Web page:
Scientists develop non-stick gum... and self-wax skis

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The Independent Online

Non-stick chewing gum which cannot glue itself to pavements, seats or shoes – and with the added bonus of being completely bio-degradable – has been invented by a British scientist in what is thought to be a world first.

The gum contains a new kind of rubber-like polymer that lacks the stickiness of conventional chewing gums, which have become a costly environmental problem for local councils because of the millions of discarded cuds which remain glued to pavements and buildings for years.

Professor Terence Cosgrove of Bristol University said that tests have demonstrated that the non-stick gum can be easily removed from public places by natural processes and that it degrades easily in the presence of water.

"We've been making new materials that we can put into chewing gum bases to give them the possibility of easy removal, and in some cases total removal, from surfaces very easily," Professor Cosgrove said yesterday.

Conventional chewing gums contain the same sort of rubberised polymer found in car tyres. Their stickiness is due to the substance having an oil-loving or "hydrophobic" property that repels water and prevents it from degrading or being washed away.

"Our gum has a hydrophilic coating, which means that you always get a film of water around the gum and that's one of the reasons why it's easy to remove and in some cases doesn't stick at all," Professor Cosgrove said.

"In most instances it's easy to remove... and we have the added bonus that it's going to degrade in the environment," he said.

Trials in public places have confirmed that the gum is either easy to remove or does not stick at all to pavements and seats. Tasting tests have also shown that it performs just as well as conventional gum, Professor Cosgrove told the British Association's Science Festival.

"We've had 20 people taste this gum, including one professional chewing gum expert and a series of people who estimate how good the good the gum is from a whole range of seemingly strange but industry-standard specifications, and ours is among the top in a totally blind test," he told the meeting. "We've taken out the sticky bits but you still have the chewing gum experience, but without the stickiness. Over the past couple of years we've spoken to all the major chewing gum manufacturers and I think the chewing gum industry is very keen to solve this problem.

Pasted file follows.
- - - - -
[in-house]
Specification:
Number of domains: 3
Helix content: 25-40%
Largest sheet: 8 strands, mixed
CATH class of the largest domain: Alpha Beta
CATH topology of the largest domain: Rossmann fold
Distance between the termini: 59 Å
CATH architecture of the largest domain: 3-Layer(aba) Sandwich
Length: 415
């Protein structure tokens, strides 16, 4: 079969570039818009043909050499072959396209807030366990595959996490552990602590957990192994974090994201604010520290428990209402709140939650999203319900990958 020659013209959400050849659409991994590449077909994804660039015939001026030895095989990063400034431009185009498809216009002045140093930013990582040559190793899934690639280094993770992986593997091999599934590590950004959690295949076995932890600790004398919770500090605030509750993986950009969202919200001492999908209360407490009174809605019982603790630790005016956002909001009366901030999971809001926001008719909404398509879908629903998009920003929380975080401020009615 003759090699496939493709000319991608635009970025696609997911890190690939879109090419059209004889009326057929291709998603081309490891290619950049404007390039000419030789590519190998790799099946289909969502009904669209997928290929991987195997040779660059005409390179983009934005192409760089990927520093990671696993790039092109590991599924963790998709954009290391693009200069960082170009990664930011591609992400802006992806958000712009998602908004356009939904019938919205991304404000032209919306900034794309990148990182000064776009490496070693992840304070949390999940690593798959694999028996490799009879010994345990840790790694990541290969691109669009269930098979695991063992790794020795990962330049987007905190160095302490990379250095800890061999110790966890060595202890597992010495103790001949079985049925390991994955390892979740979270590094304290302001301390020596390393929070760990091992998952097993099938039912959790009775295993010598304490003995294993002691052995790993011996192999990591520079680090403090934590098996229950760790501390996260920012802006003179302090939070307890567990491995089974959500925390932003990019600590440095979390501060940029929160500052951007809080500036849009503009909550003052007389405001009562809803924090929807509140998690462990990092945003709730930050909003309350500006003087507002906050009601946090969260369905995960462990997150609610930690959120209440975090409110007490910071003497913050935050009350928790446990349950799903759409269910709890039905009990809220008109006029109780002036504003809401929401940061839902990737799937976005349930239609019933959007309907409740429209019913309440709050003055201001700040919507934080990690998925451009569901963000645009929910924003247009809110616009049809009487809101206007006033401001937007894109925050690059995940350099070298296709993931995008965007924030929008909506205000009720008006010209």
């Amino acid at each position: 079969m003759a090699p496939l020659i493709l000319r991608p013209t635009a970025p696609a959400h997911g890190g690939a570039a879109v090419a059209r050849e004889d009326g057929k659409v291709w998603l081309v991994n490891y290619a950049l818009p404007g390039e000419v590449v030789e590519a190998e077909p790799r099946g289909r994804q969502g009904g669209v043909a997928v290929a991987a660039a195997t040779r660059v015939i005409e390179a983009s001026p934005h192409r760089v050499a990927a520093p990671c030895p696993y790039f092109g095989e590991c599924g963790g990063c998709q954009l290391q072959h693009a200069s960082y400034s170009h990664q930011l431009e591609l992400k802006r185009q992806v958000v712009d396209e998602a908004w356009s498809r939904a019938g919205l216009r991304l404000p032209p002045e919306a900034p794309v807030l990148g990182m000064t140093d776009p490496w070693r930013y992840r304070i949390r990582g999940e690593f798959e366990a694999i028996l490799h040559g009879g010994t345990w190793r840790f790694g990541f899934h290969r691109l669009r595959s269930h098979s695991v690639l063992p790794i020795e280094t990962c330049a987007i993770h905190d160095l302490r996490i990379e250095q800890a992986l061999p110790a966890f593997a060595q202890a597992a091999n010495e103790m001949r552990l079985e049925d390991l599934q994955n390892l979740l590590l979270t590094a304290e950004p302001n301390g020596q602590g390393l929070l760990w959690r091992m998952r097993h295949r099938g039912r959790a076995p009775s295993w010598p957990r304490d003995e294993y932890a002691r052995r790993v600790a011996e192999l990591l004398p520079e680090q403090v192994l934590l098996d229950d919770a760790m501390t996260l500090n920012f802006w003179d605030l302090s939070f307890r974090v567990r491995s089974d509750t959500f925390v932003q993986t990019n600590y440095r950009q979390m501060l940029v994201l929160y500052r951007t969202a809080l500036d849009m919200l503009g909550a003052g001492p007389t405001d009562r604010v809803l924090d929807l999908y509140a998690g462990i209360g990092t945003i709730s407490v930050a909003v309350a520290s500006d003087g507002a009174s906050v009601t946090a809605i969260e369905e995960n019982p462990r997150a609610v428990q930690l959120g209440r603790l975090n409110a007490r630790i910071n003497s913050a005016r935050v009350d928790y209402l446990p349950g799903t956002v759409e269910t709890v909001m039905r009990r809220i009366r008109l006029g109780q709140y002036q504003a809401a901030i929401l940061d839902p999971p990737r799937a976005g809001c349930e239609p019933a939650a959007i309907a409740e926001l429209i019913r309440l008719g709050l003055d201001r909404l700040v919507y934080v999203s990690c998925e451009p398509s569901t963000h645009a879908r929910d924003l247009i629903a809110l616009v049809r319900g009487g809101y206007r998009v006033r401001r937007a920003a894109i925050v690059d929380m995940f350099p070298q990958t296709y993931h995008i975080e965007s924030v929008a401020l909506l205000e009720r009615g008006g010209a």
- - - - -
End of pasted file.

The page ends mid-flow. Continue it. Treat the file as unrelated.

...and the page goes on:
"We've shown that there is no mouth irritation and we hope by Christmas we'll get full food approval and our plans are to launch a product in early 2008.

"Whatever you add to chewing gum has got to cost nothing because the profit margin on chewing gum is tiny. We've taken two commodity polymers on the market and joined them today. It's a very clean process," Professor Cosgrove said.

The professor has taken out a patent on the polymer and formed a spin-off company called Revolymer to exploit that new invention. He is in direct talks with two major chewing gum manufacturers to put the non-stick polymer into their products.

It is estimated that local councils in Britain spend about £150m a year on removing chewing gum cuds from public places. Meanwhile, chewing gum products are one of the fastest growing areas of the confectionery business, growing by 7 per cent over the past three years.

* A separate group of scientists at the Science Festival in York yesterday said that they had invented self-waxing skis that could be used in international competitions and make competitors go 8 per cent faster.

The team of scientist from Sheffield University said that their skis released a lubricant on to the base of the ski as a competitor goes downhill and were race legal.

And while you're at it, how about...

Great news about the gum. We now look forward to the following ten breakthroughs, which while challenging to achieve, will leave us even more in the debt of science and go some way to helping it atone for the atomic bomb and the mobile phone.

* The luminous dog turd.

* The non-slip banana skin, the self-levelling paving stone and the pavement cyclistimmobiliser.

* The non-spillable, non-scalding, lid-easily-priseable cup of coffee that can be ordered in under ten words.

* The non-lurching train with empty seats.

* The bath that doesn't go cold and serves gin and tonic.

* The party wall proof against James Blunt after midnight.

* The silent snore.

* Valuables, especially those on display and cherished by close relatives, that bounce.

* A fit Jonny Wilkinson.

* Something you really like which is also good for you (in addition,of course, to this newspaper).

Charles Nevin